The Guest Blog

Guest blog post by Laura Slimani, President of the Young European Socialists.

What a relief. Whereas a large victory was predicted to the far right, a majority of Austrians refused to leave the Presidency of the Republic to the Norman Hofer. But relief must fast, very fast, give way to realisation : . the far right will not stop rising in Europe until social democrats (in power in Austria) draw some consequences out of it.

Here is is an analysis of the reasons for this debacle, which can be explained by 5 major mistakes according to me.

Mistake number 1 : Thinking that the far right will be weakened by exercising power because it will show their inefficiency

The Austrian far right, the FPÖ was founded on a mixture of nationalist and liberal values, and became openly far right under the impulse of Jorg Haider at the end of the 80s, after their first participation to a coalition. When they came back to power in a coalition together with the conservatives (ÖVP) between 2000 and 2006 one could have expected their political ideas to be discredited by proving inapplicable.

It was true at first. But the FPÖ it quickly regained strength. After a bit of internal restructuring and some grooming it became the second political force in Vienna in 2010, after the social democrats. In the parliamentary elections of 2013 it gathered 21,9% of the votes, and finally 35,1% of the votes at the second ballot of the Austrian Presidential election and 49,7% at the second ballot, an unprecedented achievement.

Contrary to what is commonly accepted, the far right’s experience in power did not weaken it on the medium term. Quite the opposite: it allowed it to normalise its speech and ideas and led it to professionalise.

Mistake number 2 : ally with the far right (!!!)

In june 2015 the SPÖ went through a deep political crisis. In the region of Burgenland, the social democrats decided to form a coalition with the FPÖ. This unprecedented decision came after the far right party raised its number of votes by 6% and the social democrats lost the same amount. Burgenland is a rural region, poorer than the rest of the country, bordering Slovenia, Hungary and Slovakia. Burgenland inhabitants were convinced by the anti-immigration and supposedly “social” discourse of FPÖ.

In spite of heated debates in the party and many personalities leaving it, Werner Faymann refused to take sanctions against this choice. It was decided that regional alliances were not to be judged at the national level, even if they involve the far right.

As a consequence, the SPÖ was quite embarrassed the morning after the second ballot of the presidential election. Indeed, how could they decently call to present the far right as a threat to Austrian democracy when they are allies at the regional level ? Voters are not that stupid.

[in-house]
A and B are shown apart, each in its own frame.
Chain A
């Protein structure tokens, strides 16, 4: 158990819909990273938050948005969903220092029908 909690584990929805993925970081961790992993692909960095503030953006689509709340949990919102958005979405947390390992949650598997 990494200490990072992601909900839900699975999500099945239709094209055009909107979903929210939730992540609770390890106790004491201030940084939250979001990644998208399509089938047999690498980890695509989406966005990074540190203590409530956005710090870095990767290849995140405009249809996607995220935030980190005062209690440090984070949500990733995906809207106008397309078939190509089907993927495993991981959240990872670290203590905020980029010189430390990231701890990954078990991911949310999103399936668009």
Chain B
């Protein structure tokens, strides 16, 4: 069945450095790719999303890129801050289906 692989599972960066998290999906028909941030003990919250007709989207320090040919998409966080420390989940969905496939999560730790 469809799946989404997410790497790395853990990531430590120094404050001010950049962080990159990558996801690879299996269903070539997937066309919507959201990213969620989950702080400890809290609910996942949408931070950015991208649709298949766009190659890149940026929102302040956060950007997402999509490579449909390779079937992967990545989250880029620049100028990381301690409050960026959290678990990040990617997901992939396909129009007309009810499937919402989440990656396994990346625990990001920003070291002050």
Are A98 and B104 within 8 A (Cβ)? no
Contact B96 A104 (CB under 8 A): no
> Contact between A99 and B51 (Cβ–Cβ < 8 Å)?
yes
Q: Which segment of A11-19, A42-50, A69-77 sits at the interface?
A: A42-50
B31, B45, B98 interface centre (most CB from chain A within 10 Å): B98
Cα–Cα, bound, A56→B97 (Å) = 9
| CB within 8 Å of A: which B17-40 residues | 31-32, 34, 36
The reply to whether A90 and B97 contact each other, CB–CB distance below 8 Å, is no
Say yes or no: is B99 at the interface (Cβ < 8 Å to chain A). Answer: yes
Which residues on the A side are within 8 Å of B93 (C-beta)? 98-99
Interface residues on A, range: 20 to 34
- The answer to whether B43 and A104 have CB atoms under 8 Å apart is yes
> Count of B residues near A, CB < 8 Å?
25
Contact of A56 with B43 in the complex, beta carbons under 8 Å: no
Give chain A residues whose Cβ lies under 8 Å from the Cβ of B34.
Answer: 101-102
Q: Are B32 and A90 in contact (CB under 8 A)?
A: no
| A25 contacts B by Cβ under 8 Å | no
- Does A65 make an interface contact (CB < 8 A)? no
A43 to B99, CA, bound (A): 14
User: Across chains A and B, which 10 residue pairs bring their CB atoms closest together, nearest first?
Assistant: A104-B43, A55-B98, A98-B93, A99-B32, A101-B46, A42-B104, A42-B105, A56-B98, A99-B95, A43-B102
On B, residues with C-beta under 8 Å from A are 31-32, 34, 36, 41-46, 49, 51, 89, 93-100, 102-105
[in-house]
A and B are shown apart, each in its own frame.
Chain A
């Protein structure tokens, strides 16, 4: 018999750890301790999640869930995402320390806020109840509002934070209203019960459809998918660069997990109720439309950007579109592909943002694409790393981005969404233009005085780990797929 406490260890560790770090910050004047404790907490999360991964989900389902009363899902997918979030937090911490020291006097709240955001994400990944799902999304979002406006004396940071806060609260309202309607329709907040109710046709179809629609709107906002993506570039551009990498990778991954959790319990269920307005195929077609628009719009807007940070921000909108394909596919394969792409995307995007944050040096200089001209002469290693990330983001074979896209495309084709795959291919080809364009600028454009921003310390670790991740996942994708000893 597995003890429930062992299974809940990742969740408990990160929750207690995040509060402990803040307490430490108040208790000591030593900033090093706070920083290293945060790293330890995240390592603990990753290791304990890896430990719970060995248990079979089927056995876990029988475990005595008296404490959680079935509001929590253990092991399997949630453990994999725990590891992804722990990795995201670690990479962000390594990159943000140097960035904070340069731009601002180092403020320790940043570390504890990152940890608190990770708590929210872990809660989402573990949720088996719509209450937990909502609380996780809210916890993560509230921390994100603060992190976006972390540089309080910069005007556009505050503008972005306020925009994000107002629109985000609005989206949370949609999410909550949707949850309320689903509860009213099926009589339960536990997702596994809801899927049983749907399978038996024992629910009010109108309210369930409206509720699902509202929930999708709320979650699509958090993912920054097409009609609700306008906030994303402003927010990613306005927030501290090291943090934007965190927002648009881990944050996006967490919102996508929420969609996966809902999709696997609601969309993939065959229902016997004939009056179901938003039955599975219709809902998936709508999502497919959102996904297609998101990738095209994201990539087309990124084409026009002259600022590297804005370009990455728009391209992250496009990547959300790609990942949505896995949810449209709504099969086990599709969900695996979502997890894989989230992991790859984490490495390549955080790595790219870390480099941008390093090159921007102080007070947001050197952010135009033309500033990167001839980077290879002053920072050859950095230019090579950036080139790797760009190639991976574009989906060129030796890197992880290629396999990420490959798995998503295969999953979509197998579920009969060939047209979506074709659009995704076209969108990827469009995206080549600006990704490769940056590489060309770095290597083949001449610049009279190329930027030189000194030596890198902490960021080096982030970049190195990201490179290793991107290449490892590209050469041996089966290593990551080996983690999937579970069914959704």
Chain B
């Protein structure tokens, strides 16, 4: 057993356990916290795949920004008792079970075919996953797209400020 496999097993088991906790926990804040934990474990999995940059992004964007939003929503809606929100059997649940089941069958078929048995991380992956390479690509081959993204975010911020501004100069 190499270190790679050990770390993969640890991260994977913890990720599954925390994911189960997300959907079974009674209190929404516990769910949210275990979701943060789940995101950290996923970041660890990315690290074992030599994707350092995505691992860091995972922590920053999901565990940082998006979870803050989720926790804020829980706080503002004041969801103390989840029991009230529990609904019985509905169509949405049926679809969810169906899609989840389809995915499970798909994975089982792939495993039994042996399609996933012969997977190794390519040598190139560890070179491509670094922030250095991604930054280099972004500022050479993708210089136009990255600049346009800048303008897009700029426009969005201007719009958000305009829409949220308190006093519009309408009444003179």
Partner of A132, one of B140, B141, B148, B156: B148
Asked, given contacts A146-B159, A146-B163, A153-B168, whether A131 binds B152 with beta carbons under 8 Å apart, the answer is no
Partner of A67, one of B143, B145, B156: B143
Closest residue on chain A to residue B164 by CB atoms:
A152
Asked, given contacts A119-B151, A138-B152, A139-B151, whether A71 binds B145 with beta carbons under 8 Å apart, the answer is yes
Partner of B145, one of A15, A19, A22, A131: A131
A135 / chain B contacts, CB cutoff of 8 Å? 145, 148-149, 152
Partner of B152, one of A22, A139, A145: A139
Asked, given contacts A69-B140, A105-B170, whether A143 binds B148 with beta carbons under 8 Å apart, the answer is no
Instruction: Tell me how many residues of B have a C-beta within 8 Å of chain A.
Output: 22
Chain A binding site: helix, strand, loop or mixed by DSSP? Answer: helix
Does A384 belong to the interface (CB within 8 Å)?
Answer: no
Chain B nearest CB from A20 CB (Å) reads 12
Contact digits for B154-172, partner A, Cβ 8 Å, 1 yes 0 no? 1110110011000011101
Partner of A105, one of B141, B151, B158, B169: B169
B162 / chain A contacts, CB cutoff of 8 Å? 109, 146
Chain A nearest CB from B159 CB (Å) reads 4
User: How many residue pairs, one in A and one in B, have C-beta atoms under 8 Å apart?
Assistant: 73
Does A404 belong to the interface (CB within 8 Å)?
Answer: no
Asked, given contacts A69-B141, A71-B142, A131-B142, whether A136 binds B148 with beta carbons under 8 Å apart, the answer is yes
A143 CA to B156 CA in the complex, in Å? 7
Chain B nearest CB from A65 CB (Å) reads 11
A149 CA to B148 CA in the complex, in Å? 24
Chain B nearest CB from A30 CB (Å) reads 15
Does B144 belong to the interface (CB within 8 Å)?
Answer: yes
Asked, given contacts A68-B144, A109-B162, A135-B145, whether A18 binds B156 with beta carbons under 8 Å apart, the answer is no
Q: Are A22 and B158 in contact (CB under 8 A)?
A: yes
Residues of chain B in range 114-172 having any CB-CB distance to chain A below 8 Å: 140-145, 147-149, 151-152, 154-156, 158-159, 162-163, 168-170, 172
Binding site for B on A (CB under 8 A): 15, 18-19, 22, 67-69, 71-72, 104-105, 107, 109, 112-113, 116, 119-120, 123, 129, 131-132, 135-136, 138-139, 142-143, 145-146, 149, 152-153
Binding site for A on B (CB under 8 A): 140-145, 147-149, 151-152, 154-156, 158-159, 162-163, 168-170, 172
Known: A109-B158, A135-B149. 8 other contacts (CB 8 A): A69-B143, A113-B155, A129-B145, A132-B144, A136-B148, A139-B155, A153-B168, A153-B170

Thus the social democrats did not officially endorse Alexander Van der Bellen, even though socialists are in coalitions with the greens in many municipalities and regions, and that they are much closer in terms of values – at least you’d think so.

Party leaders still said they would “personally” vote for him, but this attitude seriously lacked clarity and made activists very angry.

In addition, this decision added water to the mill of those in favour of an SPÖ-FPÖ coalition at the national level, if there was an opportunity after the next elections. This debate almost tore the party apart, but fortunately a majority of social democrats are still opposed to it and elected Christian Kern as new chancellor and party leader, who clearly rejects this possibility.

You would think that’s obvious but let’s say it out loud : governing with the far right is definitely not the best strategy to fight them.

Mistake number 3 : copying the far right : it does not bring anything but you can lose a lot from it

In Austria, being in power is part of the SPÖ’s DNA. Since 1945 social democrats and conservatives have largely dominated the political spectrum, most of the time in coalition. Not participating means not having a say and losing all influence in the policies which are led. But at what cost ?

The mistake of the social democrats is not to be in a coalition as such, especially in a system which makes it almost inevitable. It is not to know what for and what are the limits of this participation to government. While the social democrats are the largest political party of the country, this government initiated measures fundamentally opposed to their values. The last occurrence of this drift is the very contested legislation establishing a migratory “state of immergency”, closely inspired by Vicor Orban’ s policies in Hungary. It limits the amount of refugees hosted by Austria to 37 500 per year and allows the administration to stop asylum seekers at the border of they are not persecuted in the country they are coming through. The new legislation restricts family reunification, limits the asylum status to 3 years for Syrians, Iraqis and Afghans. It also re-establishes the Brenner border with Italy, which goes against the principles of Schengen.